Well, if you want to get technical about it …
New research published in Molecular Biology and Evolution presents evidence showing that at least one species of coelacanth, formally known as Latimeria chalumnae, is not the living fossil it’s presumed to be, having acquired dozens of new genes in the past 23 million years—a surprising finding, and a far cry from the idea that the species has barely changed since its ancestors emerged over 300 million years ago. What’s more, the finding is further evidence that the living fossil concept is outdated and somewhat of a misnomer.George Dvorsky, “Huge Fish, Once Believed Extinct, Isn’t the ‘Living Fossil’ Scientists Thought” at Gizmodo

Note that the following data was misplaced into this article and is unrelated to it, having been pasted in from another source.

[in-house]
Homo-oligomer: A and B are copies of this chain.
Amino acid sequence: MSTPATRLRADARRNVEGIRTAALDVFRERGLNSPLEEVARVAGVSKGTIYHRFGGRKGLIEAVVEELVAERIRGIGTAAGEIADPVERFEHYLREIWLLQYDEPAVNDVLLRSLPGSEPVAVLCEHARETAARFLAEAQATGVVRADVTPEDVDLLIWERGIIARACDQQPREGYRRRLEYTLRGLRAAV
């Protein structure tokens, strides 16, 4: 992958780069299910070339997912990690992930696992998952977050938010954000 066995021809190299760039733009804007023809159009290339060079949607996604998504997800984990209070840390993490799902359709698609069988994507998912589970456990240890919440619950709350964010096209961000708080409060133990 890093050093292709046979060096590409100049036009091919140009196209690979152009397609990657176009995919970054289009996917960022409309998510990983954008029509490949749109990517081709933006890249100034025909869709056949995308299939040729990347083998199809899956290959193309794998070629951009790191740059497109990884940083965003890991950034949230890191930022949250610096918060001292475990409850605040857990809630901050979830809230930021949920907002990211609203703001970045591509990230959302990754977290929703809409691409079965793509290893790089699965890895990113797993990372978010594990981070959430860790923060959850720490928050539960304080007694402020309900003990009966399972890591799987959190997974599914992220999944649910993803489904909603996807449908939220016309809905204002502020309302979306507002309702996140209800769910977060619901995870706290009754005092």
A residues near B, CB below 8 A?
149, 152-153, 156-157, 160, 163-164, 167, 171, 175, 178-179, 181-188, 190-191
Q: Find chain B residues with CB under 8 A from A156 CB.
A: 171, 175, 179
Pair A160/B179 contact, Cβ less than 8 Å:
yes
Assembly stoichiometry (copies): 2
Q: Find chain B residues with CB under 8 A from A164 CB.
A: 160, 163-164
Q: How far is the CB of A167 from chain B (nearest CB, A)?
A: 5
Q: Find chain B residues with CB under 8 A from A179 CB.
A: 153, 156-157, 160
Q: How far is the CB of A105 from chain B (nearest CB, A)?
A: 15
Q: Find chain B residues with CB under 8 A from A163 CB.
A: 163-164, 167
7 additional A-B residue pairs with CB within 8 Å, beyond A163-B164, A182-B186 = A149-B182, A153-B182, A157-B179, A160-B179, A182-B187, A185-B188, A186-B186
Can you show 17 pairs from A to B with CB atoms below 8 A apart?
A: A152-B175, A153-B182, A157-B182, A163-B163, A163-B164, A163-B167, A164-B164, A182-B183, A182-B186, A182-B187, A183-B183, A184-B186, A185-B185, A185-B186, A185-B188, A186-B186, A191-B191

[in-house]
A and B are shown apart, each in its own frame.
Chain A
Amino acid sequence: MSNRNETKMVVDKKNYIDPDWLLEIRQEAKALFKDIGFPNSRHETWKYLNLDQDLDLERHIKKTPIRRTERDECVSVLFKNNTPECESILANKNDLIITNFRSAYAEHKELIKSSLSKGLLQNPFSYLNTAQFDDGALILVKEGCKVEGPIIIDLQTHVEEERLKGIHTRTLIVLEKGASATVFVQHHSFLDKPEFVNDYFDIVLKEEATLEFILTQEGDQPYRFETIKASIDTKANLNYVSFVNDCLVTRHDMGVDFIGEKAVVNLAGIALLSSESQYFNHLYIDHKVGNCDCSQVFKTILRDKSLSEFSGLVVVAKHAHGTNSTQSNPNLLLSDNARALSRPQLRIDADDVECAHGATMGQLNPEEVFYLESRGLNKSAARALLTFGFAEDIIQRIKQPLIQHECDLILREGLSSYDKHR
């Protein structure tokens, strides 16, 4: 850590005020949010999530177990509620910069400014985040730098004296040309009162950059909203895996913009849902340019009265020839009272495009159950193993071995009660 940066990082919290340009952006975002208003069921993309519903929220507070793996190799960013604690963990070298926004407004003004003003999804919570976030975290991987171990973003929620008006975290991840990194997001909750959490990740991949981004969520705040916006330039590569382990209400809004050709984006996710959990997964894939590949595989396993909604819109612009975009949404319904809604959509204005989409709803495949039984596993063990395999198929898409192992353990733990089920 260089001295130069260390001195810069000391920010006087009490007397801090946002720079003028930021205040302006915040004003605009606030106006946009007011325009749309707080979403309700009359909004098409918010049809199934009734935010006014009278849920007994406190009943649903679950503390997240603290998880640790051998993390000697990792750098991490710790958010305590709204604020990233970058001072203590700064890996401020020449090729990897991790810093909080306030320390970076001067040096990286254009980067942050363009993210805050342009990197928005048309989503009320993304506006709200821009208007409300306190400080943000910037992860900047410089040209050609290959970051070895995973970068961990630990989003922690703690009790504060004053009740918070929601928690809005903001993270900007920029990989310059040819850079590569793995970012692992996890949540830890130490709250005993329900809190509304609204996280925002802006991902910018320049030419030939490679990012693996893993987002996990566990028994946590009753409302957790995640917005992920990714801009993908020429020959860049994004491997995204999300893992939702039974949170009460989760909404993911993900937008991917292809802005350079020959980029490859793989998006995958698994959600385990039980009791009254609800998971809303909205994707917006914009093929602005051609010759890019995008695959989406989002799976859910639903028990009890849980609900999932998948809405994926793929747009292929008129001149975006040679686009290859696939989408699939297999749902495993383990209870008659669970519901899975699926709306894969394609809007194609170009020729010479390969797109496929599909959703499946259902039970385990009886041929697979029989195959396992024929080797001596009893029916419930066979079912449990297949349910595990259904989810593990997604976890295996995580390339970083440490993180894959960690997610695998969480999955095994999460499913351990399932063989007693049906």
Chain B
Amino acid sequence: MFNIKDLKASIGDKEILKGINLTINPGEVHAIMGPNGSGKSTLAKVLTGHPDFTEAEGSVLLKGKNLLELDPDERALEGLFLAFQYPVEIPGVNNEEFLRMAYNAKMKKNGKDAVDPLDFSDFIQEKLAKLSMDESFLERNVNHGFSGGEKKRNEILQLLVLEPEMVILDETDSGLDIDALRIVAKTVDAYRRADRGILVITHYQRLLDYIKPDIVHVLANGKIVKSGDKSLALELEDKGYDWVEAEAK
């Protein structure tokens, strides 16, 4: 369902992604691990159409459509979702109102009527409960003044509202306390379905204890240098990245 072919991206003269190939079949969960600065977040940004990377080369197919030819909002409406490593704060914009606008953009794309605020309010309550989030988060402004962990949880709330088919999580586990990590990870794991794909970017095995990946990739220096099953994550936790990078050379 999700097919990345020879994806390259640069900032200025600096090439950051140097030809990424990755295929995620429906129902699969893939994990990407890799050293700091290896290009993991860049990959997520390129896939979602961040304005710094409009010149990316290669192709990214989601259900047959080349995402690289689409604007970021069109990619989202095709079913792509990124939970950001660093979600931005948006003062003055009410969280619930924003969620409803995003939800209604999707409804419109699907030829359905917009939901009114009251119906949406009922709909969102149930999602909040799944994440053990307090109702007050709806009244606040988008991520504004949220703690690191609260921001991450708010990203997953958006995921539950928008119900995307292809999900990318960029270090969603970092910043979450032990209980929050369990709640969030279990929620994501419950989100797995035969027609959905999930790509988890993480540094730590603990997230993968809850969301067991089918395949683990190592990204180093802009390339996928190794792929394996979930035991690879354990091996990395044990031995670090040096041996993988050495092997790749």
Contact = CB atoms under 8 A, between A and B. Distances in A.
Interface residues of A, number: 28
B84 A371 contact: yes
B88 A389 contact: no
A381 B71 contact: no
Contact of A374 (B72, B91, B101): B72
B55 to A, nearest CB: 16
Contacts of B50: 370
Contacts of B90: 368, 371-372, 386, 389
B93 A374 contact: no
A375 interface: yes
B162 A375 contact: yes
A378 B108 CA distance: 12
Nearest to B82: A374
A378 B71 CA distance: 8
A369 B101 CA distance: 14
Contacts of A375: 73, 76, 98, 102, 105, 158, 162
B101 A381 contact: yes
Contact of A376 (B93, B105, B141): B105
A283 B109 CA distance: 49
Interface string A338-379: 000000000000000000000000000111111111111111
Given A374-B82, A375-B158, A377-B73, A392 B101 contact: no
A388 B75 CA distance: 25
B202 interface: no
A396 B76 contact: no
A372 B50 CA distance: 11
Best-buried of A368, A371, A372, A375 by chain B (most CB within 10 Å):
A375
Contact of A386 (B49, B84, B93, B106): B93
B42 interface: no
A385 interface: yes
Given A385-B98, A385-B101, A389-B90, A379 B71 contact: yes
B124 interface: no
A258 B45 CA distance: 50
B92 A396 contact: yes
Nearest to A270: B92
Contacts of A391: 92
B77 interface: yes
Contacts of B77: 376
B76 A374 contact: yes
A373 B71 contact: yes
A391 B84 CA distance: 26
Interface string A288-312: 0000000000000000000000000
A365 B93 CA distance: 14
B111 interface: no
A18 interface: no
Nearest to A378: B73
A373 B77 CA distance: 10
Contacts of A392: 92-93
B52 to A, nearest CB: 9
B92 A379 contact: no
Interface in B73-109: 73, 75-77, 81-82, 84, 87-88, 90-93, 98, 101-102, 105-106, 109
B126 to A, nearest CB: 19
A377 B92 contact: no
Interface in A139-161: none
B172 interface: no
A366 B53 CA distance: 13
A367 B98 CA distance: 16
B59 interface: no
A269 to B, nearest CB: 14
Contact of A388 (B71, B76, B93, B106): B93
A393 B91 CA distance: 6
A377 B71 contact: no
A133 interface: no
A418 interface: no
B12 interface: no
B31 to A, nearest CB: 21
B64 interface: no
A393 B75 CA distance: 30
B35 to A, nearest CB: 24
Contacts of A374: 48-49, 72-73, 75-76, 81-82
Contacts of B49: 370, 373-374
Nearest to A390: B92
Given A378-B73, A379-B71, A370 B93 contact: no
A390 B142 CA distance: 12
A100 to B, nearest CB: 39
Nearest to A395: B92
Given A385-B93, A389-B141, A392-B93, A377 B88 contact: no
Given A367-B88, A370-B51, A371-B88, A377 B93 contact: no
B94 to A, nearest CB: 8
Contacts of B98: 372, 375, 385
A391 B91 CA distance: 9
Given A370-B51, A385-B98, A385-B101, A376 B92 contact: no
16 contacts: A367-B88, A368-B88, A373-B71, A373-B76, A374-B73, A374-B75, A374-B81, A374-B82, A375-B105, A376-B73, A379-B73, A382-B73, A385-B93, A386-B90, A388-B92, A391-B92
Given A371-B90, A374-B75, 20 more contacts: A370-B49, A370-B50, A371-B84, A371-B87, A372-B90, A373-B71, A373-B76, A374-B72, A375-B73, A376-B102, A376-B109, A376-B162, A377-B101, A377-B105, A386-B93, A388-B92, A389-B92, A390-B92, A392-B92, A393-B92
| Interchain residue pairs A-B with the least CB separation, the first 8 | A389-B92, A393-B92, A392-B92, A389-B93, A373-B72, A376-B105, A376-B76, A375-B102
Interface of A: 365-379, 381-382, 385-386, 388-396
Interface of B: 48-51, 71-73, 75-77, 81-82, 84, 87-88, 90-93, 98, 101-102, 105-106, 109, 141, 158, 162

For all practical purposes, the coelacanth is a “living fossil,” in the sense that it is an example of stasis. It wanders a bit genetically over millions of years but doesn’t change much over hundreds of millions of years. Could we say the same of most vertebrates?
The paper is open access.
See also: Stasis: Life goes on but evolution does not happen